Magazine article The American Conservative

Bringing Down the House: Why Home Prices Won't Rise Again

Magazine article The American Conservative

Bringing Down the House: Why Home Prices Won't Rise Again

Article excerpt

THE FINANCIAL MEDIA and government officials are looking for a recovery in the housing market to "restart the economy." The entire world--or at least every exporter from Shanghai to Bonn who is desperately dependent on the free-spending American consumer--is hoping that housing is about to re-ascend to its glorious bubble-era heights. But that is not going to happen--not this year, not even in ten years, for several fundamental reasons.

1. Bubbles do not re-inflate in the asset class that just popped. Tulip-bulb valuations did not rise again to stratospheric heights after the Tulip Craze went bust, nor did the NASDAQ dot-com bubble re-inflate, for the very good reason that bubbles are never based on rational valuations. They are the result of a psychological state of mania that cannot be reinstated once lost.

Consider tech stock Cisco Systems, a well-managed "real company" that continues to make profits providing goods and services. Having replaced the bankrupt General Motors in the Dow Jones Industrial Average, Cisco currently trades at around $17 a share, down from its dot-com bubble valuation of about $81 per share.

To recover its bubble-era valuation, Cisco would have to rise fivefold. That's highly unlikely. Now that the hysteria has dissipated, Cisco is valued on more rational metrics like earnings, profits, and cash flow.

Mania always moves on to a new asset class. After the dot-com bubble, speculators turned to housing. Once the housing bubble collapsed, the mania shifted to the bond market. Now that the bond bubble is bursting--that spike to nosebleed territory in December 2008 was the dead giveaway--the only asset class that hasn't already been blown into a bubble is precious metals and gold.

2. Inflation sets the "recovery" target ever higher. While we are in a deflationary period right now, a serious amount of inflation occurred between Cisco's peak in January 2000 and the present. According to the Bureau of Labor Statistics' inflation calculator, $81 in 2000 is $100 in current dollars. So Cisco would have to rise by that much more to match its bubble-era valuation. The same is true for housing.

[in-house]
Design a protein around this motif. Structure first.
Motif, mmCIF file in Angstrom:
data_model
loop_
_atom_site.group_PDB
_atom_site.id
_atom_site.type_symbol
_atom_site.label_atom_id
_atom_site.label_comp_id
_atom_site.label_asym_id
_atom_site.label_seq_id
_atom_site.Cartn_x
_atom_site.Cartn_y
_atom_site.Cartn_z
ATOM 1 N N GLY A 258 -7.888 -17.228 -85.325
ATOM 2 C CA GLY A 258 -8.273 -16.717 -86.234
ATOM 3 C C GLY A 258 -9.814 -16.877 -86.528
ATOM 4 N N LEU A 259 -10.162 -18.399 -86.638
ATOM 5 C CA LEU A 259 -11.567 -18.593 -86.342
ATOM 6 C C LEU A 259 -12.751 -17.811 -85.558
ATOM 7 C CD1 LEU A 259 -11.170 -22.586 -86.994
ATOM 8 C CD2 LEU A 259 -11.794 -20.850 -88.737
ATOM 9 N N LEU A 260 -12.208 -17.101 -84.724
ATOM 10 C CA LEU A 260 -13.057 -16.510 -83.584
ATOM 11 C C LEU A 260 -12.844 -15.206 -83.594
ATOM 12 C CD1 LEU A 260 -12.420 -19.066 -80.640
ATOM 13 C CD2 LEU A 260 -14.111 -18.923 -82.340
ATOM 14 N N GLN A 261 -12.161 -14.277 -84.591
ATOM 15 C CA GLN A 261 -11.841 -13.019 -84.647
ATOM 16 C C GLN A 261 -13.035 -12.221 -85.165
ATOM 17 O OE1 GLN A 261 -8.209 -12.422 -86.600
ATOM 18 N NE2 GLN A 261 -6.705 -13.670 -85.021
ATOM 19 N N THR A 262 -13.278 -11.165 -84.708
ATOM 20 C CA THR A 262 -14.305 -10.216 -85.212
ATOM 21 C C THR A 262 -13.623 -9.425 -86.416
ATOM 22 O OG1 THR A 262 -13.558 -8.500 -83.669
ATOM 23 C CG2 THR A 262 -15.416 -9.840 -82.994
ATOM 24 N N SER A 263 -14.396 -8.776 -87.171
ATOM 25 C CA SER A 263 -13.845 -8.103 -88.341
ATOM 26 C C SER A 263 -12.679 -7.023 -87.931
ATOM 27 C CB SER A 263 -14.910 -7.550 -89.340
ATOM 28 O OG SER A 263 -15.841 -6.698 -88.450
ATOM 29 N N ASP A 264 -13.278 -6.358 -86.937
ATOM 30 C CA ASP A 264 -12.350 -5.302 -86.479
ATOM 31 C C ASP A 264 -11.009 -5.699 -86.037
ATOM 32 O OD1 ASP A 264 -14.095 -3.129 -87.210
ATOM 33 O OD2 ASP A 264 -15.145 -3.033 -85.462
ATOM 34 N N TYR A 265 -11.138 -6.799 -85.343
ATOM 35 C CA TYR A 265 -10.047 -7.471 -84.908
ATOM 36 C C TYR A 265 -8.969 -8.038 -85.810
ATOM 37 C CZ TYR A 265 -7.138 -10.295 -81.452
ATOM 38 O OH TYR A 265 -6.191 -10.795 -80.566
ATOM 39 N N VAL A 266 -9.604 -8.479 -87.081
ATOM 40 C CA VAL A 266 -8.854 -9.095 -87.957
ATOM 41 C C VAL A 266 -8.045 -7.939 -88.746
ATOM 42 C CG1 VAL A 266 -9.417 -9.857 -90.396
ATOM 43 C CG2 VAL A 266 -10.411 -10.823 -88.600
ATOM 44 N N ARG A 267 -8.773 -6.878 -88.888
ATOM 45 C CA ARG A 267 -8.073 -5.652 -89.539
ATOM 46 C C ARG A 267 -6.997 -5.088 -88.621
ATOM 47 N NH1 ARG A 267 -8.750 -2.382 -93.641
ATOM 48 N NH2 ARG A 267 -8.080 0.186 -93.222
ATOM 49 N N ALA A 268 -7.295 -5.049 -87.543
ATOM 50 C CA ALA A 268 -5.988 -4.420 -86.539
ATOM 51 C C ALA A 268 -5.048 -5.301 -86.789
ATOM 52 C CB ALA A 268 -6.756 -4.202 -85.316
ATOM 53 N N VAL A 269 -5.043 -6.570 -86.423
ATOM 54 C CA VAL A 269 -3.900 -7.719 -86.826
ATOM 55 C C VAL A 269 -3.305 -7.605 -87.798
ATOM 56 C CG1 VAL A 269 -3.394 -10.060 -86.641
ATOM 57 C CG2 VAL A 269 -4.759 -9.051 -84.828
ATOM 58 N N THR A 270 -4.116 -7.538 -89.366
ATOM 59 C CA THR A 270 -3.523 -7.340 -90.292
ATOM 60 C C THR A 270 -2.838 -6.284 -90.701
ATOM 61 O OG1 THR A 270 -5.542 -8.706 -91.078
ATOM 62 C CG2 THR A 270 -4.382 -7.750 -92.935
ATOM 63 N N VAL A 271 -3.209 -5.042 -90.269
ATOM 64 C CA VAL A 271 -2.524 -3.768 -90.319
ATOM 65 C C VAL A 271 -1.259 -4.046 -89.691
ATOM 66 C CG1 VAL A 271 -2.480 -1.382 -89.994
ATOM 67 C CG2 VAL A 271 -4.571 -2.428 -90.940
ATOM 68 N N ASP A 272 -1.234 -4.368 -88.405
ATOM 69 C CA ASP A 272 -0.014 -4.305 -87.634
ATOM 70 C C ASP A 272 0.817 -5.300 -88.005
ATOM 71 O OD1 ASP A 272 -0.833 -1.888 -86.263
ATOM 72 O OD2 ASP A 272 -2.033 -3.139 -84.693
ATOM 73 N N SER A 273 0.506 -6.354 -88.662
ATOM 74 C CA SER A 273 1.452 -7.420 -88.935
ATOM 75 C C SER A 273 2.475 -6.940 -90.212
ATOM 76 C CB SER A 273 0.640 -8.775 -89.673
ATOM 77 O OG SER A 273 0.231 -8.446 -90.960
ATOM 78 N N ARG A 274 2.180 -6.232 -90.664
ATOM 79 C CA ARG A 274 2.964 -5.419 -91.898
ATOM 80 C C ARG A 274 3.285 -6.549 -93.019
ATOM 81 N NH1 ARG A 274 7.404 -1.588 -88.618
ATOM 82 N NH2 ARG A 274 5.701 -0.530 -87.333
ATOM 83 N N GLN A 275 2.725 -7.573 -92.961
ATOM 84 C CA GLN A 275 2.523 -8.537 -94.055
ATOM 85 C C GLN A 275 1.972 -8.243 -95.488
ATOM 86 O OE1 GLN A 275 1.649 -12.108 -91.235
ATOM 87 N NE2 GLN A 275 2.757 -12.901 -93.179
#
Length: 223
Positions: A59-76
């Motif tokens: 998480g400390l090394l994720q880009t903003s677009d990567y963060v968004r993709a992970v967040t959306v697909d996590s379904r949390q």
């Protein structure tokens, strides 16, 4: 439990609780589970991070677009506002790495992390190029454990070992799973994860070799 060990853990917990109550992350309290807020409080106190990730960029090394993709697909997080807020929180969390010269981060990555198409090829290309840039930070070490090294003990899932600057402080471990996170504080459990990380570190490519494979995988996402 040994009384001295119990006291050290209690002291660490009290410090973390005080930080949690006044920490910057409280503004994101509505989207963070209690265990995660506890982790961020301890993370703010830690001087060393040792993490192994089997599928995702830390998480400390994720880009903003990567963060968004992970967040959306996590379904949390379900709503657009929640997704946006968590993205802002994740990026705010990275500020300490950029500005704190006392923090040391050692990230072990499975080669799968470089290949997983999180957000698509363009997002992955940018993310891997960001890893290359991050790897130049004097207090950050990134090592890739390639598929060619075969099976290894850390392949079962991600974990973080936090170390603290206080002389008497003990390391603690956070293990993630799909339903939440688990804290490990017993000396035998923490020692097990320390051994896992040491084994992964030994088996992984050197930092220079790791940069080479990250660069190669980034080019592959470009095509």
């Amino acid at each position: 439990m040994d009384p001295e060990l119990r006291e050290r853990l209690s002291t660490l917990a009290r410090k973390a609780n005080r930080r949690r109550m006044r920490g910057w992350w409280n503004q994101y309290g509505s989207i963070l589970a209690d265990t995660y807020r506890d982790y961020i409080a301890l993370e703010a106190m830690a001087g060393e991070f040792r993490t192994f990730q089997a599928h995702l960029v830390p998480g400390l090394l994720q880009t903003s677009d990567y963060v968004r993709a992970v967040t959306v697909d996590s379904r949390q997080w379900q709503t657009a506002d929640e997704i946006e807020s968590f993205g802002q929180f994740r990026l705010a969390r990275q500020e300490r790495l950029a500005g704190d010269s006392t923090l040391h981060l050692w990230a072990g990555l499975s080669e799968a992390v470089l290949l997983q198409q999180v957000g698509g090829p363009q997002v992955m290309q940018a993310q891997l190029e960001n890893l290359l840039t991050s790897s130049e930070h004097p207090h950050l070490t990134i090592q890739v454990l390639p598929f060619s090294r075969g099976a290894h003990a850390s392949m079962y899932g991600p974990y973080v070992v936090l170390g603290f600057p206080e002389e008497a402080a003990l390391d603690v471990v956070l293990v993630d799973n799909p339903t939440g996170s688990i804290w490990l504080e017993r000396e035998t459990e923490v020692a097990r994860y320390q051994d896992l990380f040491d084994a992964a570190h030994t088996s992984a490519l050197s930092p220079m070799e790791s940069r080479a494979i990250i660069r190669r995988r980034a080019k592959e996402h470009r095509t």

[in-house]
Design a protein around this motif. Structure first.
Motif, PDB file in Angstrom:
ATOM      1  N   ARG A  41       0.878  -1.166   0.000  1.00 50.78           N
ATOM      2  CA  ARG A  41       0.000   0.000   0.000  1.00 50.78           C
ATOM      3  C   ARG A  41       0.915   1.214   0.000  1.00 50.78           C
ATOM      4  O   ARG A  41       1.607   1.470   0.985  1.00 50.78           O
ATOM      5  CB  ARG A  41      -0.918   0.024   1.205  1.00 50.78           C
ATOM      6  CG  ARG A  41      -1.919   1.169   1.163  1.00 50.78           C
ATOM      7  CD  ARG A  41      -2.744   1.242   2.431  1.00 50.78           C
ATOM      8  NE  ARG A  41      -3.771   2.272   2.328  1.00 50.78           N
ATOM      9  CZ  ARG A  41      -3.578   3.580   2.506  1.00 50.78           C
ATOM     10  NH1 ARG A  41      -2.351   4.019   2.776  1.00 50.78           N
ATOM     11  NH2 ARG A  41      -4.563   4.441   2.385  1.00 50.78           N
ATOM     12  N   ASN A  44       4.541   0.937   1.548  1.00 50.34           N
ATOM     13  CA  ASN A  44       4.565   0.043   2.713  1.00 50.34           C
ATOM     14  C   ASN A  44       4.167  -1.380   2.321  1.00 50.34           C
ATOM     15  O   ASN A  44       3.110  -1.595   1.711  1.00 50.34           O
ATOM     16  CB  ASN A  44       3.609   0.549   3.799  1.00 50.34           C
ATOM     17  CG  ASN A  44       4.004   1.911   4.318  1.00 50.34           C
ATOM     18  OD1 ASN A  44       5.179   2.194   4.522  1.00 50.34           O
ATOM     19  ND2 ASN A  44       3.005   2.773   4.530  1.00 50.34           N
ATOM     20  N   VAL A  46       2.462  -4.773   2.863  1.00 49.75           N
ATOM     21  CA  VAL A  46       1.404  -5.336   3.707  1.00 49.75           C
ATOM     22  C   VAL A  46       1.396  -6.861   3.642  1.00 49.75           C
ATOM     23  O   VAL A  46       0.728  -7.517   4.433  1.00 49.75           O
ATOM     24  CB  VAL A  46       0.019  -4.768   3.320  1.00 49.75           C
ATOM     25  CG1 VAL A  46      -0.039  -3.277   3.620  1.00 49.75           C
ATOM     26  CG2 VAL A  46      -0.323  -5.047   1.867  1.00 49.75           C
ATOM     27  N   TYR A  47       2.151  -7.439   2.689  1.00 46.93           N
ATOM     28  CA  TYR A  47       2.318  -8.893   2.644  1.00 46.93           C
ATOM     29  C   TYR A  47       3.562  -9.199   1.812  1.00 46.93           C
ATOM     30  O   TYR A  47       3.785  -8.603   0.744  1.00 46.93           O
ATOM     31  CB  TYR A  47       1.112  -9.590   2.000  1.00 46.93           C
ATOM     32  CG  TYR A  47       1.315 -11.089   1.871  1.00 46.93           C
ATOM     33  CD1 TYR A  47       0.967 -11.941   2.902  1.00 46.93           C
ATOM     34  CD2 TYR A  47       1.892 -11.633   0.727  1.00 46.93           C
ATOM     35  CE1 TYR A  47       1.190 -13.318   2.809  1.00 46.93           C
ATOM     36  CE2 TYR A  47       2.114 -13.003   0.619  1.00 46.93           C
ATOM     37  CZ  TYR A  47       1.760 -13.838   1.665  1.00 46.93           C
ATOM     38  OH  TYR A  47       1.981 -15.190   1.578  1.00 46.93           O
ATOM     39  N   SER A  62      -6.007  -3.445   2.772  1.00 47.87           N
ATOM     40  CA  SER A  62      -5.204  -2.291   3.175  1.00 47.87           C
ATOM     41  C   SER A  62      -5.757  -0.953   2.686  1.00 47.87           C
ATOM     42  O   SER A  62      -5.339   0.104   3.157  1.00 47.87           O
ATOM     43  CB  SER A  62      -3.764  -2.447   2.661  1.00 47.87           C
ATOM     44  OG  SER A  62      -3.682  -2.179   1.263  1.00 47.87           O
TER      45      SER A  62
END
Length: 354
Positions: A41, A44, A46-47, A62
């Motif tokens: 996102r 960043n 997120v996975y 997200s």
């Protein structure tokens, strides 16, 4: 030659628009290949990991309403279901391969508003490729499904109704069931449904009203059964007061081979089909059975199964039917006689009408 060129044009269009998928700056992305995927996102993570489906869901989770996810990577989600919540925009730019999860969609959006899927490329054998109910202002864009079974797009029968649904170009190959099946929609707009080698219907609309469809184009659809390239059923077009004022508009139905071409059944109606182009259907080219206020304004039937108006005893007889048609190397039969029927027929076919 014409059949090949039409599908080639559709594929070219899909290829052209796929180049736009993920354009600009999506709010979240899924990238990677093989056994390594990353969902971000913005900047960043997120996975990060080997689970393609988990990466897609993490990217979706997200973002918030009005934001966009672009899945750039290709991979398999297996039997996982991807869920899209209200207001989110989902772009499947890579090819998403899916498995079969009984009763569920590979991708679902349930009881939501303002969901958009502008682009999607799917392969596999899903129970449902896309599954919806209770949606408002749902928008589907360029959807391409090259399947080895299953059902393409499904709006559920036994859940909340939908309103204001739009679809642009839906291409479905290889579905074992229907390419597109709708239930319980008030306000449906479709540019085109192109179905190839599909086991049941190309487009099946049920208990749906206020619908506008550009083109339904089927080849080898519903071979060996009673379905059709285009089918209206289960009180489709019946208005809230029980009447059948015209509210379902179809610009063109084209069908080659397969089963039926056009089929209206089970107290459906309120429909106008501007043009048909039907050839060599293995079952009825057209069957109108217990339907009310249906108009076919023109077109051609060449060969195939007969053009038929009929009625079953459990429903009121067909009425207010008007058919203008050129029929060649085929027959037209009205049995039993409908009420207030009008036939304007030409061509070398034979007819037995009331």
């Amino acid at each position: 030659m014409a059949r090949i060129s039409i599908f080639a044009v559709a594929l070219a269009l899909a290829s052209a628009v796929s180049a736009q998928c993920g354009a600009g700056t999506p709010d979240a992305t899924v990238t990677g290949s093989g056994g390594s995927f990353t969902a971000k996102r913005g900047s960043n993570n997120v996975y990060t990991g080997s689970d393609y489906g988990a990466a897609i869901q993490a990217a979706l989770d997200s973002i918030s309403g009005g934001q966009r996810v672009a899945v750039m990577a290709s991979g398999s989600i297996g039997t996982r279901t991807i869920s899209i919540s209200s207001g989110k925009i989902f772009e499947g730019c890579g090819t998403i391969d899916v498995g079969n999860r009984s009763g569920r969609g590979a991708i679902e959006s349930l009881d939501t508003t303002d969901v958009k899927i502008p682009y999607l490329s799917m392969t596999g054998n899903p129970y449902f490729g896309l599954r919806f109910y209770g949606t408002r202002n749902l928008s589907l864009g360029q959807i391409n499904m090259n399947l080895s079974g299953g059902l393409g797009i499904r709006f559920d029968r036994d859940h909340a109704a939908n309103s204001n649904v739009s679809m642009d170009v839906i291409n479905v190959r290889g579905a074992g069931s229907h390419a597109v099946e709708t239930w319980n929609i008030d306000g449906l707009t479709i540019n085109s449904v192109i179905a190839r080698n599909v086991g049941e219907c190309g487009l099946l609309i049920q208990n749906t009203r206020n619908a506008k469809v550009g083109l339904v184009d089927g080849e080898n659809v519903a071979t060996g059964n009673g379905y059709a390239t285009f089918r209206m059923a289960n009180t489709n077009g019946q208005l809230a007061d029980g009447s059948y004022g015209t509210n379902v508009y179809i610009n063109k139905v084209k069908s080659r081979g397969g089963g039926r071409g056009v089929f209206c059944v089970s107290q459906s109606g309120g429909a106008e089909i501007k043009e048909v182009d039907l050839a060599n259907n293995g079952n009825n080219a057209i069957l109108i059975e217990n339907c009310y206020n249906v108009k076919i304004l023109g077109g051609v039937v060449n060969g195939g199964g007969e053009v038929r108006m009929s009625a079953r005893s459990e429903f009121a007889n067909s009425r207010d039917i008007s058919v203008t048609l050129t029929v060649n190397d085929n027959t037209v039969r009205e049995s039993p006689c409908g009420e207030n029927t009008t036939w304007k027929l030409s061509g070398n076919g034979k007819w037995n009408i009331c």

Let's say a house that sold for $100,000 in 1995 was valued at $400,000 at the housing-bubble peak in 2006. If history is any guide, then housing will retrace to its pre-bubble valuation, as that is the usual progression of bubbles and their demises.

Now if inflation ramps up and ravages the value of the dollar, the price of a tangible good like a home might well rise more or less along with inflation, as people will be trying to turn their rapidly devaluing dollars into some tangible good as a means of preserving capital. But if inflation is clipping along at 10 percent a year, and the house returns to its bubble-era value of $400,000, that $400,000 doesn't retain the same purchasing power as it did in 2006.

Consider the stock market in the inflationary period of the 1970s. While the market wobbled from 1,000 in 1966 to 1,000 in 1982 16 years later, inflation destroyed two-thirds of the value of the dollar. According to the Bureau of Labor Statistics, which tends to understate inflation so as not to alarm the masses unnecessarily, $1 in 1966 was worth 34 cents in 1982. Thus people who held stocks for those 16 years did not retain their wealth as the Dow Jones retouched the magic 1,000 mark--they lost two-thirds of their investment.

It is easy to foresee the same thing happening in housing should inflation ignite. Over the next 16 years, the house that sold for $400,000 in 2006 may well rise once again to that nominal price, but the inflation-adjusted value could well be closer to $100,000 when priced in (pre-housing bubble) 1995 dollars.

This is why nominal prices in stocks, housing, and bonds are essentially meaningless. All assets have to be valued in terms of purchasing power, and as imperfect as any inflation/deflation gauge might be, it's still a better guide to purchasing power than nominal price. …

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